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Joseph Marks

Staff Correspondent Joseph Marks covers government technology issues, social media, Gov 2.0 and global Internet freedom for Nextgov. He previously reported on federal litigation and legal policy for Law360 and on local, state and regional issues for two Midwestern newspapers. He also interned for Congressional Quarterly’s Homeland Security section and the Associated Press’s Jerusalem Bureau. He holds a bachelor’s degree in English from the University of Wisconsin and a master’s in international affairs from Georgetown.
Results 1301-1310 of 1310

House Republicans slam FAA for delayed pilot IDs

April 14, 2011 FROM NEXTGOV arrow House Transportation and Infrastructure Committee Chairman John Mica, R-Fla., lashed out on Thursday at officials charged with introducing a new pilot identification card using embedded biometric data that Congress first mandated in 2004. The Federal Aviation Administration was supposed to begin issuing the new IDs in 2005, but the agency ...

From Nextgov.com: House Republicans slam FAA for delayed pilot IDs

April 14, 2011 House Transportation and Infrastructure Committee Chairman John Mica, R-Fla., lashed out on Thursday at officials charged with introducing a new pilot identification card using embedded biometric data that Congress first mandated in 2004. Read the whole story at Nextgov.com.

CIO Council Launches Best Practices Website

April 13, 2011 FROM NEXTGOV arrow A how-to guide for federal IT managers hit the web Wednesday with case studies on major IT transitions at the departments of State, Agriculture and Veterans Affairs. The new website is a best practices guide for IT system acquisition, reform and maintenance, which was promised in federal Chief Information Officer ...

Sparring on security and civil liberties

April 13, 2011 FROM NEXTGOV arrow The vice chairwoman of the European Parliament's civil liberties committee criticized what she sees as overreaching in post-9/11 laws enacted on both sides of the Atlantic. Too often, American and European officials have sold data-gathering legislation to the public using the specter of terrorist attacks, only to later use the ...

Dems Demand Biometrics For Flight Crew Fast Track

April 13, 2011 FROM NEXTGOV arrow A national program that gives pilots and flight crews a fast track through airport security should be based on a biometric scan, Democratic members of the House Homeland Security Committee told the TSA in a letter Tuesday. The Transportation Security Administration is already testing the so-called crew pass-system at three ...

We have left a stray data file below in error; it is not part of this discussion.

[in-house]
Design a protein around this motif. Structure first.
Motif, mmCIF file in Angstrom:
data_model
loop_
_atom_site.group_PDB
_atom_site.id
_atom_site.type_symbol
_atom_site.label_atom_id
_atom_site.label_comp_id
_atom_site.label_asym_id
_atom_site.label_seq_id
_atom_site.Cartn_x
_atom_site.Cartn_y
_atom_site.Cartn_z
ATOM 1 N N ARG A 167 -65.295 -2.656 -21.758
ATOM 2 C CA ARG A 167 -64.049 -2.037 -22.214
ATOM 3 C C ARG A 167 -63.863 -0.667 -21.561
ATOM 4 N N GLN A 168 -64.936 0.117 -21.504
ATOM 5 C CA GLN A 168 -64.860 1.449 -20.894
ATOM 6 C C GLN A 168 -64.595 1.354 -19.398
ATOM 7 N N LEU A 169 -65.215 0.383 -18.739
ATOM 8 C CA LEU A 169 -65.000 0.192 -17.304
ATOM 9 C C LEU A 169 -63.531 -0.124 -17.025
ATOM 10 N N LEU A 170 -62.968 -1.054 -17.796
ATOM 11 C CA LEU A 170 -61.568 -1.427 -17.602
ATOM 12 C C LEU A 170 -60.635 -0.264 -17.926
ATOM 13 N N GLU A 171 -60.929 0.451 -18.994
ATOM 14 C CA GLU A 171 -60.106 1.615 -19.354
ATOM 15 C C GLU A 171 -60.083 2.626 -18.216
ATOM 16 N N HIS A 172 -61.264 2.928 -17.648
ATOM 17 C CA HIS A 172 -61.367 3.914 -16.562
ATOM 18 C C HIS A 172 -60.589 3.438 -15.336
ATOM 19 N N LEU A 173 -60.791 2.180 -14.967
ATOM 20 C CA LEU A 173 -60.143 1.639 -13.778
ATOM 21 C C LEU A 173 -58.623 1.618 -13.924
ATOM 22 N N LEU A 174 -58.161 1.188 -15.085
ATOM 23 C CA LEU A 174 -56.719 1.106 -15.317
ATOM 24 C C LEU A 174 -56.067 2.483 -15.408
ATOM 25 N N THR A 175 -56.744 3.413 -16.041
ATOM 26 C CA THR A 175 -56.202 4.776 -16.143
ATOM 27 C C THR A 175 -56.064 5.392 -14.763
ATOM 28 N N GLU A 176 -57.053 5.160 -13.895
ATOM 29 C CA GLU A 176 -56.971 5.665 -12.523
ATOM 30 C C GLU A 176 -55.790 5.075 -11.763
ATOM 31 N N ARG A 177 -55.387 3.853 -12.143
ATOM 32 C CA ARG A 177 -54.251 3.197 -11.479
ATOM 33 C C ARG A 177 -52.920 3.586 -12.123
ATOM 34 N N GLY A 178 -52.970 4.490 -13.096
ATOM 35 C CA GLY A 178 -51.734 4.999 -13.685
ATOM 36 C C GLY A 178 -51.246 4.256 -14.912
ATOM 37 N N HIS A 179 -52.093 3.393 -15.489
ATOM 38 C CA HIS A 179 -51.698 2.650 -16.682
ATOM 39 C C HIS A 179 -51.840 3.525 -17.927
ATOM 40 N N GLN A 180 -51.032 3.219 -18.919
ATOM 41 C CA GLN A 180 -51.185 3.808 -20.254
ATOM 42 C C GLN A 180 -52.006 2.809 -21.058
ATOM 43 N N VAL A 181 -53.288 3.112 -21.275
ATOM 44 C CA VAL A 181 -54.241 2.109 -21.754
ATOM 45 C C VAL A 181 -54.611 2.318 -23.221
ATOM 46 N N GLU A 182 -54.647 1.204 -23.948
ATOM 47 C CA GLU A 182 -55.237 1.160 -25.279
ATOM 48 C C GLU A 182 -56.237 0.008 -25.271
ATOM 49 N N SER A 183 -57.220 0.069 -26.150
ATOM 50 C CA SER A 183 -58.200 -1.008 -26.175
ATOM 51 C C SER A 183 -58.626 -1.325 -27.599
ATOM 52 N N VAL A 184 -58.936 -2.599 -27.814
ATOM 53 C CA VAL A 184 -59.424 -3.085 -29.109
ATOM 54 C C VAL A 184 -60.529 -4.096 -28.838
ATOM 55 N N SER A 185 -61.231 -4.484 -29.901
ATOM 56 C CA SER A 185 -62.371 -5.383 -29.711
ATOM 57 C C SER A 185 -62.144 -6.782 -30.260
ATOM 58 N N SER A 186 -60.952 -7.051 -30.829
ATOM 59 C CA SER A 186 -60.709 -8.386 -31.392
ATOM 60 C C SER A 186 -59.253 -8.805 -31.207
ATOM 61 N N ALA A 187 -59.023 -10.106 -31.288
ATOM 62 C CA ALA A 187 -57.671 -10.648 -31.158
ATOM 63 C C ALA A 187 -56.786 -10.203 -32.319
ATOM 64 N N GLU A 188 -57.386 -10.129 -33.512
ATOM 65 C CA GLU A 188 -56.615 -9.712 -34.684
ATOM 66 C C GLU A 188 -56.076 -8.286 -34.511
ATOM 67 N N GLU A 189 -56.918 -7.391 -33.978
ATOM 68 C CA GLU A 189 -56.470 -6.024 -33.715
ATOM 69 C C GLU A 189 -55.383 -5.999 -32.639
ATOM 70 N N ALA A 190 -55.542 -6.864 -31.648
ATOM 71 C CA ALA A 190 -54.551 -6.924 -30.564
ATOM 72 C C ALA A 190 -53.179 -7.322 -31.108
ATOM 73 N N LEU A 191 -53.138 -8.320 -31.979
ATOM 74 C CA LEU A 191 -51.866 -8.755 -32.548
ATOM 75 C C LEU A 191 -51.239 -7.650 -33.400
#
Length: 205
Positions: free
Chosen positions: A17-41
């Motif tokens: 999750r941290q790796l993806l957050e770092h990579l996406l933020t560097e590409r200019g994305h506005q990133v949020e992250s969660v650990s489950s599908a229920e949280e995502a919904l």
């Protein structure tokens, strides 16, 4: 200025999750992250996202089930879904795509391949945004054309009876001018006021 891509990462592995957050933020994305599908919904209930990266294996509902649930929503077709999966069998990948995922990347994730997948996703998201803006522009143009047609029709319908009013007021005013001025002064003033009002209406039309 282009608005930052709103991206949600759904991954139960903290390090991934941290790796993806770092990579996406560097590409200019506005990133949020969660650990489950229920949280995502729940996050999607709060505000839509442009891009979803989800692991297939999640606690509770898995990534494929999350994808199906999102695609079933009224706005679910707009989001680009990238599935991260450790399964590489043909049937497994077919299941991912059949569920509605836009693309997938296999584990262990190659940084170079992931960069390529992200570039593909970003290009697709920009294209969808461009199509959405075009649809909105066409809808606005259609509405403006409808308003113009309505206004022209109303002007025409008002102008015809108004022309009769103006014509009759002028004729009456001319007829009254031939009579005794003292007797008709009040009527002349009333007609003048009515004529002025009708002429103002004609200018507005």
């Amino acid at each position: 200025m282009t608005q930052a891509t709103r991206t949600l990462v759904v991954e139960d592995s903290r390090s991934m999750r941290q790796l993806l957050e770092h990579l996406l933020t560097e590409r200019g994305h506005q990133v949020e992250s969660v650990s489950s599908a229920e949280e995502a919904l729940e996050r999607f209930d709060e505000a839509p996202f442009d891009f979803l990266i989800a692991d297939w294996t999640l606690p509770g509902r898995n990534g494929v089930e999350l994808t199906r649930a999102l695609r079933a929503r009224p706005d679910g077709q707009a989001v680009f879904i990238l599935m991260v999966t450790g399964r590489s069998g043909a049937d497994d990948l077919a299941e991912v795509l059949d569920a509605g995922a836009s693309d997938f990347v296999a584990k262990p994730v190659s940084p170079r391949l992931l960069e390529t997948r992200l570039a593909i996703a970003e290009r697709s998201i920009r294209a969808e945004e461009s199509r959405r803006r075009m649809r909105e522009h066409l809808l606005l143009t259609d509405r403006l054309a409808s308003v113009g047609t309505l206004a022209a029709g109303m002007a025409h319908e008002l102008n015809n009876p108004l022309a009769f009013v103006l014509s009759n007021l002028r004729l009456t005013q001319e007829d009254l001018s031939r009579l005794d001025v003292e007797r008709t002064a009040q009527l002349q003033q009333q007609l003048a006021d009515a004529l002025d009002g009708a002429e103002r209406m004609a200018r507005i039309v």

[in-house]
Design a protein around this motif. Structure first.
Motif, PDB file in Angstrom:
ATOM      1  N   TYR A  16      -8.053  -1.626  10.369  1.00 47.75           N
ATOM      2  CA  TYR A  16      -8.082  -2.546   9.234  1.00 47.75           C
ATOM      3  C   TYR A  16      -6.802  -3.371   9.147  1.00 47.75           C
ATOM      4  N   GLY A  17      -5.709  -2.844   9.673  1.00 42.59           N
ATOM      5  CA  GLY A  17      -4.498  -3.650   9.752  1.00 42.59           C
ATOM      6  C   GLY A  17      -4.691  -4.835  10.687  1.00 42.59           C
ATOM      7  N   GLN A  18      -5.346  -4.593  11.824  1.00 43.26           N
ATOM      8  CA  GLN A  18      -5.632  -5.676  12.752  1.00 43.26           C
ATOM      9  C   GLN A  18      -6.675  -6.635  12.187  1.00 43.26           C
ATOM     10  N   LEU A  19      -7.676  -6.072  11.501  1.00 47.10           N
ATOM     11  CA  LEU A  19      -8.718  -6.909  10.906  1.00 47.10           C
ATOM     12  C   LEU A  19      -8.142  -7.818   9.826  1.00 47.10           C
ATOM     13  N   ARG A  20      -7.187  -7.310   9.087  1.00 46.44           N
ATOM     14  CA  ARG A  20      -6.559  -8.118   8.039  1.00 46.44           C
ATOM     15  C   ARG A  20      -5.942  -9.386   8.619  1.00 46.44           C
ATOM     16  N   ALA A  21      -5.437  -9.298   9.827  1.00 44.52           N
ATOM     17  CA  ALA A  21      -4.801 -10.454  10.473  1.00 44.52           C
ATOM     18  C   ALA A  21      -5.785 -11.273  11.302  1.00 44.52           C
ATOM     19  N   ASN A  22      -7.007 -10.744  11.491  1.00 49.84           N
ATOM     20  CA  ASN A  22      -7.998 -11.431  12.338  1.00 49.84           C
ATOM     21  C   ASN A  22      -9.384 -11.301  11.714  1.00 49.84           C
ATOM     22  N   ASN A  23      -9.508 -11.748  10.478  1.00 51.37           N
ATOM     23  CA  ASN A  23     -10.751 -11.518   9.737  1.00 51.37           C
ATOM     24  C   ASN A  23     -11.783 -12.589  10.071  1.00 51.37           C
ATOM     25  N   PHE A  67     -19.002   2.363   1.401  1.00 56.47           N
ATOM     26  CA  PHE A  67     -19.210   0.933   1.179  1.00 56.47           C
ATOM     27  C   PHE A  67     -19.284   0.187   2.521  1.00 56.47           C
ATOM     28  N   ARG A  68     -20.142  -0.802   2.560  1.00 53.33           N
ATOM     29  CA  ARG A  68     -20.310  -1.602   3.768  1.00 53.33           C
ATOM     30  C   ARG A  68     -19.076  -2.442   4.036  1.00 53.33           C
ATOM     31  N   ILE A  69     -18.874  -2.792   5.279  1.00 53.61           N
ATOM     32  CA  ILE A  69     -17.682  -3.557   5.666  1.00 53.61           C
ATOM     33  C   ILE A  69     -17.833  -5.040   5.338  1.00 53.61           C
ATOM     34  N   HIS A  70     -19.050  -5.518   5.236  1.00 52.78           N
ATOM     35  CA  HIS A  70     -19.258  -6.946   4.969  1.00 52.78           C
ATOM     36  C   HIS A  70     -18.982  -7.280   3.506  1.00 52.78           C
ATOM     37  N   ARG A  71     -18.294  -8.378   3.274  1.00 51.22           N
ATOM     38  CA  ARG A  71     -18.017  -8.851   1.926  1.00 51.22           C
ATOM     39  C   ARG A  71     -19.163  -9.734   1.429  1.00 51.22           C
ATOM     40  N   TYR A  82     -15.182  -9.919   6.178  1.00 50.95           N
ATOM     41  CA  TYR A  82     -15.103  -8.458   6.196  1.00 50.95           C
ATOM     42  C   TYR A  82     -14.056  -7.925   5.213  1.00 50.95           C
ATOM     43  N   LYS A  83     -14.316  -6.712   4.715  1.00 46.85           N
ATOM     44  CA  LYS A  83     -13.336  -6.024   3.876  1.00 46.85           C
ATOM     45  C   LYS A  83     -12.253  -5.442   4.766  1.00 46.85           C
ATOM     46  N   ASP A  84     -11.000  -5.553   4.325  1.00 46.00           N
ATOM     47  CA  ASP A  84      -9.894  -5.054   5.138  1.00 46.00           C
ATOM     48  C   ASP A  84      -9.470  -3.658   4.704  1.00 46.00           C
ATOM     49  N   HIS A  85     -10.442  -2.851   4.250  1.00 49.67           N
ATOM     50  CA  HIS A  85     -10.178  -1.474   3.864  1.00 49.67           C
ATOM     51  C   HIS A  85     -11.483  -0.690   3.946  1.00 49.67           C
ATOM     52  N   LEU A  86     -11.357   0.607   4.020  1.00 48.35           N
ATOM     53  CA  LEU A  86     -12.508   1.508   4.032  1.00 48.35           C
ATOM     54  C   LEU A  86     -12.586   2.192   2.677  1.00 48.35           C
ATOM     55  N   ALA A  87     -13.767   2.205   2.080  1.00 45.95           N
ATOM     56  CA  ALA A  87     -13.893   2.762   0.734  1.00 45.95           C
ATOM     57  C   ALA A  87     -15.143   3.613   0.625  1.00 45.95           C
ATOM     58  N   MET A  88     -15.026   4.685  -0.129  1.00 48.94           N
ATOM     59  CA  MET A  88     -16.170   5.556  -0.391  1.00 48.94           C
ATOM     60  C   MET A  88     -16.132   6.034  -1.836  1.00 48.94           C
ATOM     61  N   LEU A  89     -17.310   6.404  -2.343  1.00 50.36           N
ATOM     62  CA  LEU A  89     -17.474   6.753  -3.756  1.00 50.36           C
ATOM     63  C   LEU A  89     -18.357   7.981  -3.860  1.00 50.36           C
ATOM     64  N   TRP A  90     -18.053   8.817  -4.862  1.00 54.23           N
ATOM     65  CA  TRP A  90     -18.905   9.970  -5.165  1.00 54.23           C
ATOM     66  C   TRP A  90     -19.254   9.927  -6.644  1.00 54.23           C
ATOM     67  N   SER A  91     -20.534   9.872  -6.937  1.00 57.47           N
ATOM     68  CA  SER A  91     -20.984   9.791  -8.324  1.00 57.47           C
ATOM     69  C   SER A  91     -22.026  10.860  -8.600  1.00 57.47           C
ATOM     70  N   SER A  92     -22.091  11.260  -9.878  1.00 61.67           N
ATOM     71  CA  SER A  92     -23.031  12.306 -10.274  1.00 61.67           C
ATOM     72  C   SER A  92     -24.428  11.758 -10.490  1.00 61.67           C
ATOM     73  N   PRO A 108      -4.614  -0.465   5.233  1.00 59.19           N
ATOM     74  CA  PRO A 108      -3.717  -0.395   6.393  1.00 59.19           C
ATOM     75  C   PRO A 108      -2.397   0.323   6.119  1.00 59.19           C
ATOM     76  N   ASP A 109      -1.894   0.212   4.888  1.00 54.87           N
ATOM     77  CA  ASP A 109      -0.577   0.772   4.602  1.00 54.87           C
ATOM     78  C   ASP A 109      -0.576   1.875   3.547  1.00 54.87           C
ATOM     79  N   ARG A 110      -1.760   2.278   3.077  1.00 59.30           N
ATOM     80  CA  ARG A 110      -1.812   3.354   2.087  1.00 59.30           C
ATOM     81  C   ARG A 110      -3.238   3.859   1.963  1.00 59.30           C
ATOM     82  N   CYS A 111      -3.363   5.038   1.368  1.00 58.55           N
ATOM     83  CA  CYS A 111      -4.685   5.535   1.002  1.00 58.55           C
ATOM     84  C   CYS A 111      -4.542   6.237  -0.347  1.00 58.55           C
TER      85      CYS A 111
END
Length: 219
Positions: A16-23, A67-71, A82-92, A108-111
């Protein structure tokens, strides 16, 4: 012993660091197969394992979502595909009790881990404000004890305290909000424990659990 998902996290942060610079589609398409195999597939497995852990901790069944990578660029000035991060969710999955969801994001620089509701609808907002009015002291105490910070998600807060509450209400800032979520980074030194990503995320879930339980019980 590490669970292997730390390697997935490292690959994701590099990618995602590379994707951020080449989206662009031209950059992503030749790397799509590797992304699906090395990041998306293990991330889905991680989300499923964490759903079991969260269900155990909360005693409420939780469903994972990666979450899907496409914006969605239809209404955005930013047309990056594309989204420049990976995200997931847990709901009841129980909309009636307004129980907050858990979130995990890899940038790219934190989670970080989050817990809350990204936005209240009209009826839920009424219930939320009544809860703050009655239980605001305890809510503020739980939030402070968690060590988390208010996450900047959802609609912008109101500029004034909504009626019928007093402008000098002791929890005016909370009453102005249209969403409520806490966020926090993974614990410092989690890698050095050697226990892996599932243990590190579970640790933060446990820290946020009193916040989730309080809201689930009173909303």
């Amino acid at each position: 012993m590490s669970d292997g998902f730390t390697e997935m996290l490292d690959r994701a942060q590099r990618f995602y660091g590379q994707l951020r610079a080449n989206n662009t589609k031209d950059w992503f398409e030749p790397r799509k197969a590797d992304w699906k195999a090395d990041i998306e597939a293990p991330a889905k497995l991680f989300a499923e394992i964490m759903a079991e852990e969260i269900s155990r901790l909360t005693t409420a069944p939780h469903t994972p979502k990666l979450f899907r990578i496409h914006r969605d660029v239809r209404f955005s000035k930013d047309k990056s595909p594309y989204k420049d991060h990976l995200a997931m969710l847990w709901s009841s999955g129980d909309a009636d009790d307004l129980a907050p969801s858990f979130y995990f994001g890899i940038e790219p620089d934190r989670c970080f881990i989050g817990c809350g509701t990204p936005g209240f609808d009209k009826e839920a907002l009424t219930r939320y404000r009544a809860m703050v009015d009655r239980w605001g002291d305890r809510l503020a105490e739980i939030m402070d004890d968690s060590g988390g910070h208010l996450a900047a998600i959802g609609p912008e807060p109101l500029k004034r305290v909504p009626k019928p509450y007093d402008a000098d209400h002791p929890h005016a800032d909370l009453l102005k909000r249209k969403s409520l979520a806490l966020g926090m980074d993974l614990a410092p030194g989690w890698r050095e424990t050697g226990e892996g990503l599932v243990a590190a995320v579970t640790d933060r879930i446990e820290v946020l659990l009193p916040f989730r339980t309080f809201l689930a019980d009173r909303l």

Happy Birthday Open Government (or Maybe Not)

April 13, 2011 FROM NEXTGOV arrow The White House blog hailed the one-year anniversary of the release of agency open government plans Wednesday as the levee break that brought a flood of federal information into the public domain. The anniversary, though, came just days after a last-minute budget deal that slashed funding for open government initiatives ...

Senate Bill Would Ramp Up Federal Oversight of IT Projects

April 12, 2011 FROM NEXTGOV arrow A bipartisan bill introduced by leaders of the Senate Homeland Security committee Tuesday aims to rein in federal information technology projects that go over budget by requiring automatic reviews. If an IT project goes more than 20 percent above its base spending guideline, the agency's CIO must conduct a review ...

GSA Official Downplays MS Charges on Google Gov. Apps

April 12, 2011 FROM NEXTGOV arrow U.S. General Services Administration Associate Administrator David McClure told a Senate subcommittee Tuesday that his office hadn't pulled FISMA accreditation from Google's touted Apps for Government applications, but was in the process of recertifying a more advanced version of the software. Sen. Tom Carper, D-Del., asked McClure to respond to ...

Kundra Says His Office Has Saved Taxpayers $3 Billion

April 12, 2011 FROM NEXTGOV arrow The federal chief information officer told a Senate panel Tuesday that the Obama Administration's drive to make government IT projects more responsive to changes in technology and more reliant on private sector infrastructure had saved about $3 billion in its first five months. Since introducing President Obama's 25-point implementation plan ...

IT reforms save taxpayers $3 billion in less than five months, fed CIO says

April 12, 2011 FROM NEXTGOV arrow The Obama administration's drive to make government IT projects more responsive to changes in technology and less reliant on bulky, outdated infrastructure has saved about $3 billion in its first five months, the federal chief information officer told a Senate panel Tuesday. Since December 2010, when he introduced President Obama's ...